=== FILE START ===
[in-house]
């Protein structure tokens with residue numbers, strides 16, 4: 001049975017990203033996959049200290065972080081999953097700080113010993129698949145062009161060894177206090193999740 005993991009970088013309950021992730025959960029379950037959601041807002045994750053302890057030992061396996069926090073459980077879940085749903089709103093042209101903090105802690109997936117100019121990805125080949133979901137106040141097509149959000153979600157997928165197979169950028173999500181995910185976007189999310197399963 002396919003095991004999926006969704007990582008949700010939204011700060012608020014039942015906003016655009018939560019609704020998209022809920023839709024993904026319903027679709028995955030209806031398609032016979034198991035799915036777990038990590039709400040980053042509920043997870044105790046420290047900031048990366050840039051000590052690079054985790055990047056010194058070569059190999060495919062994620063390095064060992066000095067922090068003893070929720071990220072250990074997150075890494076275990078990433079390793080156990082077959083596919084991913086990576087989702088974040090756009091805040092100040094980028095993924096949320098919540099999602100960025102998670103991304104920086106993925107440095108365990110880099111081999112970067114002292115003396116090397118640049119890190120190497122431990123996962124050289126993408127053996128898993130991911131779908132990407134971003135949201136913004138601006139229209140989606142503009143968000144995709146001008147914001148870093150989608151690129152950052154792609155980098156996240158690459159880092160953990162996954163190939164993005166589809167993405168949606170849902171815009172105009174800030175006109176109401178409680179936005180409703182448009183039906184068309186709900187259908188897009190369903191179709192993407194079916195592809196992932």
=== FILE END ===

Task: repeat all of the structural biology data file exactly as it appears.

[in-house]
């Protein structure tokens with residue numbers, strides 16, 4: 001049975017990203033996959049200290065972080081999953097700080113010993129698949145062009161060894177206090193999740 005993991009970088013309950021992730025959960029379950037959601041807002045994750053302890057030992061396996069926090073459980077879940085749903089709103093042209101903090105802690109997936117100019121990805125080949133979901137106040141097509149959000153979600157997928165197979169950028173999500181995910185976007189999310197399963 002396919003095991004999926006969704007990582008949700010939204011700060012608020014039942015906003016655009018939560019609704020998209022809920023839709024993904026319903027679709028995955030209806031398609032016979034198991035799915036777990038990590039709400040980053042509920043997870044105790046420290047900031048990366050840039051000590052690079054985790055990047056010194058070569059190999060495919062994620063390095064060992066000095067922090068003893070929720071990220072250990074997150075890494076275990078990433079390793080156990082077959083596919084991913086990576087989702088974040090756009091805040092100040094980028095993924096949320098919540099999602100960025102998670103991304104920086106993925107440095108365990110880099111081999112970067114002292115003396116090397118640049119890190120190497122431990123996962124050289126993408127053996128898993130991911131779908132990407134971003135949201136913004138601006139229209140989606142503009143968000144995709146001008147914001148870093150989608151690129152950052154792609155980098156996240158690459159880092160953990162996954163190939164993005166589809167993405168949606170849902171815009172105009174800030175006109176109401178409680179936005180409703182448009183039906184068309186709900187259908188897009190369903191179709192993407194079916195592809196992932």